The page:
the total number of law enforcement officers or corrections officers in the agency;

(iii)

the number of law enforcement officers or corrections officers of the agency that have been killed, or seriously injured while responding to a behavioral health crisis during the 5-year-period preceding the date of the application; and

(iv)

whether the law enforcement officers or corrections officers employed by the agency receive any behavioral health crisis response training, including during basic officer training; and

(B)

in addition to the information required under subparagraph (A), may, at the option of the applicant, include information relating to—

(i)

recent incidents involving officers of the agency during which behavioral health crisis response training could have played a role in protecting the safety of—

(I)

the law enforcement officer or the public, including the persons or persons the law enforcement officers encountered; or

(II)

the corrections officer or inmates at the correctional facility; and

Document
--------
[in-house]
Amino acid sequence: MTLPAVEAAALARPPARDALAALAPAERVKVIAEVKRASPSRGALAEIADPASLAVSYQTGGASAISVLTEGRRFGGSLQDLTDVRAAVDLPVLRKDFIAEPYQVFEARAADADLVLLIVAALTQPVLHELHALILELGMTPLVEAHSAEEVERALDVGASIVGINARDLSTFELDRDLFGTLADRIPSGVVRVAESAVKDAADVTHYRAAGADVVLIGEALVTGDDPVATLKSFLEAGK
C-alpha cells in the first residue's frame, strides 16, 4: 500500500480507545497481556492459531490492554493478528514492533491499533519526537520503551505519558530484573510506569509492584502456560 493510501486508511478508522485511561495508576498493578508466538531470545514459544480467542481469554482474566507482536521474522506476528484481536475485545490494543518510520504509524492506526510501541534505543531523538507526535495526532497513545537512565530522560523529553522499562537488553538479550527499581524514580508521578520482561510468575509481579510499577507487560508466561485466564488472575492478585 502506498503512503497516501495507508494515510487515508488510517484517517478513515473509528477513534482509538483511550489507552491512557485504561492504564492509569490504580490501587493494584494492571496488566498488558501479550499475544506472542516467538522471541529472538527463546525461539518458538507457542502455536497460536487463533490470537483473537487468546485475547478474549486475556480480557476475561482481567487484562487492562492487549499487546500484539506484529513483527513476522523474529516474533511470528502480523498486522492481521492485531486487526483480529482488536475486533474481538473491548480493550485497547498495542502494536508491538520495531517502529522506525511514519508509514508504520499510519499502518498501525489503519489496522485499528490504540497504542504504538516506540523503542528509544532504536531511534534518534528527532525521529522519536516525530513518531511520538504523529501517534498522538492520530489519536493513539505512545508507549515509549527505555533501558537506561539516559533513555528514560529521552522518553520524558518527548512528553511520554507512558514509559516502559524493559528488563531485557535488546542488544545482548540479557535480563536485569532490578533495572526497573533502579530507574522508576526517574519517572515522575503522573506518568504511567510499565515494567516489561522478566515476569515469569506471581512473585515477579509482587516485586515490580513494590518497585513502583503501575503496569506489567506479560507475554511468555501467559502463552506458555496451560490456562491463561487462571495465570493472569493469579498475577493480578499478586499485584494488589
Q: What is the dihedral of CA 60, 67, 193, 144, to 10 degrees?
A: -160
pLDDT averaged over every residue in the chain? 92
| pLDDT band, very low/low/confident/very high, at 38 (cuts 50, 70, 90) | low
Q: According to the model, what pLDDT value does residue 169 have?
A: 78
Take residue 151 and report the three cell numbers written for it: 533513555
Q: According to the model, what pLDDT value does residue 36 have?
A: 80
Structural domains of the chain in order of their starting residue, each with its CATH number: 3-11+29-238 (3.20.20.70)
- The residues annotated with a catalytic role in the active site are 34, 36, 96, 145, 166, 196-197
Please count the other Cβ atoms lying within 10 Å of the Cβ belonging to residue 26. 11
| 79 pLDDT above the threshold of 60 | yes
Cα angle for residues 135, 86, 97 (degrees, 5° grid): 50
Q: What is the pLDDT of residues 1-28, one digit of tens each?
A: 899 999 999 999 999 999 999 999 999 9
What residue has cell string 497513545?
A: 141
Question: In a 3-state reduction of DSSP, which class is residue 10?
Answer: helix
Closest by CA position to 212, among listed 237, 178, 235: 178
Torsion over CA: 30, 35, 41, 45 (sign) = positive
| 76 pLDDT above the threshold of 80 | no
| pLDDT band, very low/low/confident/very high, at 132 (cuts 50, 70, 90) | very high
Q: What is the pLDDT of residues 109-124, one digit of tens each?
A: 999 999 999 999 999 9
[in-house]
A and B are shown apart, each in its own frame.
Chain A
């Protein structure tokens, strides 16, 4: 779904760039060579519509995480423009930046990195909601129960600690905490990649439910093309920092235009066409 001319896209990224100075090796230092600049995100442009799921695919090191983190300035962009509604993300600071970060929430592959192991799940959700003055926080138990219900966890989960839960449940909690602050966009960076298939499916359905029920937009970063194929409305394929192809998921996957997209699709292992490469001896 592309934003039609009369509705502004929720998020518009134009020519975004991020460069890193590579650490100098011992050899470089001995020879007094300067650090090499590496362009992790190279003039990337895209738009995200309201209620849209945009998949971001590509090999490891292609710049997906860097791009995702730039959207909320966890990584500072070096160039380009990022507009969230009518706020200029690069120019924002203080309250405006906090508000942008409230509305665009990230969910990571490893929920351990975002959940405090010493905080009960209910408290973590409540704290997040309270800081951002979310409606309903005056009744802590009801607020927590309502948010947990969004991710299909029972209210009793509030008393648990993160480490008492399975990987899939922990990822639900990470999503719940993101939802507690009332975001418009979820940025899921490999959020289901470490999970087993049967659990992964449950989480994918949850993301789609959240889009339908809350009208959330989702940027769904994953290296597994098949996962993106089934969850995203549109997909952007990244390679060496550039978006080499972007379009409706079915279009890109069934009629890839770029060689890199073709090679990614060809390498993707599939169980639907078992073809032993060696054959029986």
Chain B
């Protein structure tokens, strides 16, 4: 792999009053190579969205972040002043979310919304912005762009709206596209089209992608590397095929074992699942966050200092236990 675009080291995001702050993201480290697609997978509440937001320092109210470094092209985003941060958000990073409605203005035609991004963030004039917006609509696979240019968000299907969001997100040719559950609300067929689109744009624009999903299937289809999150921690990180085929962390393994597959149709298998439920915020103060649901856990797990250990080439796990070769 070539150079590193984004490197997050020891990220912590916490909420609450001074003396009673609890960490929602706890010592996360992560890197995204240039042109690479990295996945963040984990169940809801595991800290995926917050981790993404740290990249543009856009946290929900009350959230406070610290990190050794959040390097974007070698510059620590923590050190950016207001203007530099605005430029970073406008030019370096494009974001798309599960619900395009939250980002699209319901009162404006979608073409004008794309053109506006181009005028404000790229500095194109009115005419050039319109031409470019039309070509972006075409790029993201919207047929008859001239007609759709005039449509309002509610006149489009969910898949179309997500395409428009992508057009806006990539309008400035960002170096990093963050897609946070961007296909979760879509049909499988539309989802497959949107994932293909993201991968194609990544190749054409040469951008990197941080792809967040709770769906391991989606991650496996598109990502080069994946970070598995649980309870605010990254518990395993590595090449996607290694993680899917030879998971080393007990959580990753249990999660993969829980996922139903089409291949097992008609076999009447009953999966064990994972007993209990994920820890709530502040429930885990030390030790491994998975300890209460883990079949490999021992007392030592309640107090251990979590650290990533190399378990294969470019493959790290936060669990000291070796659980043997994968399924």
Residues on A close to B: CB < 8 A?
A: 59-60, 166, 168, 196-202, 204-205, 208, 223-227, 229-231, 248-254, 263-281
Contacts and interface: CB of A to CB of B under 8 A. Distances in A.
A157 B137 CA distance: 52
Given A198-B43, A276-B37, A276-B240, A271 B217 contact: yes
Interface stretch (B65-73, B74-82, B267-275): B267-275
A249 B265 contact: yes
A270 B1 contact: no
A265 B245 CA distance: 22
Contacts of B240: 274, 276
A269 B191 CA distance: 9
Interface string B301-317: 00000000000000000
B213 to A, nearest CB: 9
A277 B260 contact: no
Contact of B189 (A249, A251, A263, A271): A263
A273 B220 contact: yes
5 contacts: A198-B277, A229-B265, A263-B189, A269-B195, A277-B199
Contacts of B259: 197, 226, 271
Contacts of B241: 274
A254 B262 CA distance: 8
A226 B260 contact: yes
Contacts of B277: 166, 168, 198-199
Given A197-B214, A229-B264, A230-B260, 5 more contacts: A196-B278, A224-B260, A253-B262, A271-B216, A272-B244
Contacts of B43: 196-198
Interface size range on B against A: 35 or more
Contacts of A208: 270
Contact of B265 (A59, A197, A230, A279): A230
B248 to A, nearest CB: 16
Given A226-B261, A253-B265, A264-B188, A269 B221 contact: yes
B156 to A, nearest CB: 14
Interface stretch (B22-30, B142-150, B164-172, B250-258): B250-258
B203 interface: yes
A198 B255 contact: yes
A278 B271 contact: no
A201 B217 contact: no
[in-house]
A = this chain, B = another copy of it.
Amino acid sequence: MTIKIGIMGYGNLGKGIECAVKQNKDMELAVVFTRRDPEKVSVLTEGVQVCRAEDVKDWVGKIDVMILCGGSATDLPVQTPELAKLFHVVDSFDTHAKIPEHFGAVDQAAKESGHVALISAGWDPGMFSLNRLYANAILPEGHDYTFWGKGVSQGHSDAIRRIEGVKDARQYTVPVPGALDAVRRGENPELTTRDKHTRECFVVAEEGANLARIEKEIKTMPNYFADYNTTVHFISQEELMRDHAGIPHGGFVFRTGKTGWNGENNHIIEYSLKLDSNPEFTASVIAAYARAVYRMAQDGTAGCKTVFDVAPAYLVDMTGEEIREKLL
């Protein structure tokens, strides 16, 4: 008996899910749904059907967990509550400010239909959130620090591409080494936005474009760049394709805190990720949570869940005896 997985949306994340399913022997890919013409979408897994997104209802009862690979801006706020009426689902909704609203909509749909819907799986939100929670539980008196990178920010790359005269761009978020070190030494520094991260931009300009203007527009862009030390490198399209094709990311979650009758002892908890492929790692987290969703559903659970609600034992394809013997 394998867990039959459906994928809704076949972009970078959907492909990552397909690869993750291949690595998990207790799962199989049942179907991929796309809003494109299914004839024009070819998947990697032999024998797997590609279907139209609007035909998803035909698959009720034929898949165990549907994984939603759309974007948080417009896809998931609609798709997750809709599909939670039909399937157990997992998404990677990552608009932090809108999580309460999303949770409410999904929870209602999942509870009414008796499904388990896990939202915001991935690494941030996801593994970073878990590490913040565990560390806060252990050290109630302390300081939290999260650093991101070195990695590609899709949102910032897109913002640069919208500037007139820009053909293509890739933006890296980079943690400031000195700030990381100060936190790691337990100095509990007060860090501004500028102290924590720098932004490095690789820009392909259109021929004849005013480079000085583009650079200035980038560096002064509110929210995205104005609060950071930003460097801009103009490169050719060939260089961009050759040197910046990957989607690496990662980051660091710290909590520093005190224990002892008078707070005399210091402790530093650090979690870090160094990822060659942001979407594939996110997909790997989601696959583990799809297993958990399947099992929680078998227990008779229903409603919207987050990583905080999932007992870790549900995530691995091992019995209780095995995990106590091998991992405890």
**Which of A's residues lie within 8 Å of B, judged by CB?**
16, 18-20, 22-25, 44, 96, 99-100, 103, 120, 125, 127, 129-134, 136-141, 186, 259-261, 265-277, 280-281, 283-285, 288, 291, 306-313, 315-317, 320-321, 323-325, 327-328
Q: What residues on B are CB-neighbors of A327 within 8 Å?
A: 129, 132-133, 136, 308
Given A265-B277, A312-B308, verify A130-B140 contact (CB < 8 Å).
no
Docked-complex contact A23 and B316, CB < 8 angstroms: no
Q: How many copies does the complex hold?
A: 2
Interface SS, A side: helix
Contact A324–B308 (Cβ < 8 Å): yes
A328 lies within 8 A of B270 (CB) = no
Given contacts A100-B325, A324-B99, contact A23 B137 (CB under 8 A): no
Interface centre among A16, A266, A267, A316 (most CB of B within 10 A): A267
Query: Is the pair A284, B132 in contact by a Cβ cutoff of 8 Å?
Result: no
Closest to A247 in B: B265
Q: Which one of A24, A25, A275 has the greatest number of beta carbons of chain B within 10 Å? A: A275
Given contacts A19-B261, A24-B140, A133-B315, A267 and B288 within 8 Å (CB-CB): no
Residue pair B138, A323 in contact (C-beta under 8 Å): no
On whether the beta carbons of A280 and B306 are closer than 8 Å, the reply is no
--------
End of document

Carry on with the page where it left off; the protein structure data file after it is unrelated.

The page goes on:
(ii)

estimated cost of attendance of a program per officer.

(d)

Restrictions

(1)

Supplemental funds

Grant funds shall be used to supplement, and not supplant, State, local, and Tribal funds made available to any applicant for any of the purposes described in subsection (a).

(2)

Administrative costs

Not more than 3 percent of any grant made under this section may be used for administrative costs.

(e)

Reports and records

(1)

Reports

For each year during which grant funds are used, the recipient shall submit to the Attorney General a report containing—

(A)

a summary of any activity carried out using grant funds;

(B)

the number of officers that received training using grant funds; and

(C)

any other information relevant to the purpose of this Act that the Attorney General may determine appropriate.

(2)

Records

For the purpose of an audit by the Attorney General of the receipt and use of grant funds, a recipient shall—

(A)

keep—

(i)

any record relating to the receipt and use of grant funds; and

(ii)

any other record as the Attorney General may require; and

(B)